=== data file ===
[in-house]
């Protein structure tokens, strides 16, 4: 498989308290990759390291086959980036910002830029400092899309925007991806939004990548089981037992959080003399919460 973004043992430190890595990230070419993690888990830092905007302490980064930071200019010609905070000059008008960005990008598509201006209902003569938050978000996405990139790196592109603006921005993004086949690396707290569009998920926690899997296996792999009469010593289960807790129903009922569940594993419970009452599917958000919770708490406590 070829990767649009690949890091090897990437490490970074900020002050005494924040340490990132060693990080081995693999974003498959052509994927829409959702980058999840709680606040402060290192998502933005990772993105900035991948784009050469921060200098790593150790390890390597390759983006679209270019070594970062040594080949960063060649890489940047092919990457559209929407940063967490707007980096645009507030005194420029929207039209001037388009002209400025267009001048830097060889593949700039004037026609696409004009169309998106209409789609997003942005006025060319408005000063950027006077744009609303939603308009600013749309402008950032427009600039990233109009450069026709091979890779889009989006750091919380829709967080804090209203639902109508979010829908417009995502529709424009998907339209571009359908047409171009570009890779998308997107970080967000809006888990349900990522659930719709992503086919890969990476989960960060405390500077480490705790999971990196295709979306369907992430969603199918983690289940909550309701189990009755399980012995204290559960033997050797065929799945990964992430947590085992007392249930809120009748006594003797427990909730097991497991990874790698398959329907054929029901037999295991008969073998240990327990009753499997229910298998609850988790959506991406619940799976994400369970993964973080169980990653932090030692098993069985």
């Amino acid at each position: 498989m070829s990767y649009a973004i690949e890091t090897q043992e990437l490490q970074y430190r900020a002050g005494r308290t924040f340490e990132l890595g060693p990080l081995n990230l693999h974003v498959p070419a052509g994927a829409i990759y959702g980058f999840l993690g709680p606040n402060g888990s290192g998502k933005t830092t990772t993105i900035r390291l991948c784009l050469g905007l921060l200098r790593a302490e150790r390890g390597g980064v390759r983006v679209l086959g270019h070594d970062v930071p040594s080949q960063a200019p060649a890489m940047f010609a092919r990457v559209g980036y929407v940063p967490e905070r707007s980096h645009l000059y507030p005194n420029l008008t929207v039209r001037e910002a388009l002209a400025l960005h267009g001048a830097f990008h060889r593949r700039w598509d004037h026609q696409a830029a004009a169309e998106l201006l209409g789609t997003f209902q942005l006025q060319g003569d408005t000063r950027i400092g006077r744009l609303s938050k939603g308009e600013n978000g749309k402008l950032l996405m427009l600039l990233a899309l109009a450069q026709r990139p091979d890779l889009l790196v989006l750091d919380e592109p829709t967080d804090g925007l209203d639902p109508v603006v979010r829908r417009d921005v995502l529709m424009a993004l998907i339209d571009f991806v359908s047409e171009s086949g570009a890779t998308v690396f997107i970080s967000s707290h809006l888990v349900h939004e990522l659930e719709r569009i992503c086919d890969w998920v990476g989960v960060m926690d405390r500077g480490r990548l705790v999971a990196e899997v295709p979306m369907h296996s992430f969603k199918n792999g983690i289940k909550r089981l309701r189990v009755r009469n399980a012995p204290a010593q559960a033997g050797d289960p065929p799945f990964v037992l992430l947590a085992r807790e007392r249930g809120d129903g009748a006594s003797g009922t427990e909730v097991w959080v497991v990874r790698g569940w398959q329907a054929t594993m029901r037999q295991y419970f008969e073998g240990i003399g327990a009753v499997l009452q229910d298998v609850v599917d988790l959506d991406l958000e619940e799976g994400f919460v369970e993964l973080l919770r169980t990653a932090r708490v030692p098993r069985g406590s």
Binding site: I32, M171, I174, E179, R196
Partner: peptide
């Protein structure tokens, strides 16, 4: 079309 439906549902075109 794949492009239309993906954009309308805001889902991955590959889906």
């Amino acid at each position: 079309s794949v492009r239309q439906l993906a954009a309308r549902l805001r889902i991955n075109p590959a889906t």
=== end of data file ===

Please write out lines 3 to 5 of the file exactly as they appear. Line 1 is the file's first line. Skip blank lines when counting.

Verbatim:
């Amino acid at each position: 498989m070829s990767y649009a973004i690949e890091t090897q043992e990437l490490q970074y430190r900020a002050g005494r308290t924040f340490e990132l890595g060693p990080l081995n990230l693999h974003v498959p070419a052509g994927a829409i990759y959702g980058f999840l993690g709680p606040n402060g888990s290192g998502k933005t830092t990772t993105i900035r390291l991948c784009l050469g905007l921060l200098r790593a302490e150790r390890g390597g980064v390759r983006v679209l086959g270019h070594d970062v930071p040594s080949q960063a200019p060649a890489m940047f010609a092919r990457v559209g980036y929407v940063p967490e905070r707007s980096h645009l000059y507030p005194n420029l008008t929207v039209r001037e910002a388009l002209a400025l960005h267009g001048a830097f990008h060889r593949r700039w598509d004037h026609q696409a830029a004009a169309e998106l201006l209409g789609t997003f209902q942005l006025q060319g003569d408005t000063r950027i400092g006077r744009l609303s938050k939603g308009e600013n978000g749309k402008l950032l996405m427009l600039l990233a899309l109009a450069q026709r990139p091979d890779l889009l790196v989006l750091d919380e592109p829709t967080d804090g925007l209203d639902p109508v603006v979010r829908r417009d921005v995502l529709m424009a993004l998907i339209d571009f991806v359908s047409e171009s086949g570009a890779t998308v690396f997107i970080s967000s707290h809006l888990v349900h939004e990522l659930e719709r569009i992503c086919d890969w998920v990476g989960v960060m926690d405390r500077g480490r990548l705790v999971a990196e899997v295709p979306m369907h296996s992430f969603k199918n792999g983690i289940k909550r089981l309701r189990v009755r009469n399980a012995p204290a010593q559960a033997g050797d289960p065929p799945f990964v037992l992430l947590a085992r807790e007392r249930g809120d129903g009748a006594s003797g009922t427990e909730v097991w959080v497991v990874r790698g569940w398959q329907a054929t594993m029901r037999q295991y419970f008969e073998g240990i003399g327990a009753v499997l009452q229910d298998v609850v599917d988790l959506d991406l958000e619940e799976g994400f919460v369970e993964l973080l919770r169980t990653a932090r708490v030692p098993r069985g406590s």
Binding site: I32, M171, I174, E179, R196
Partner: peptide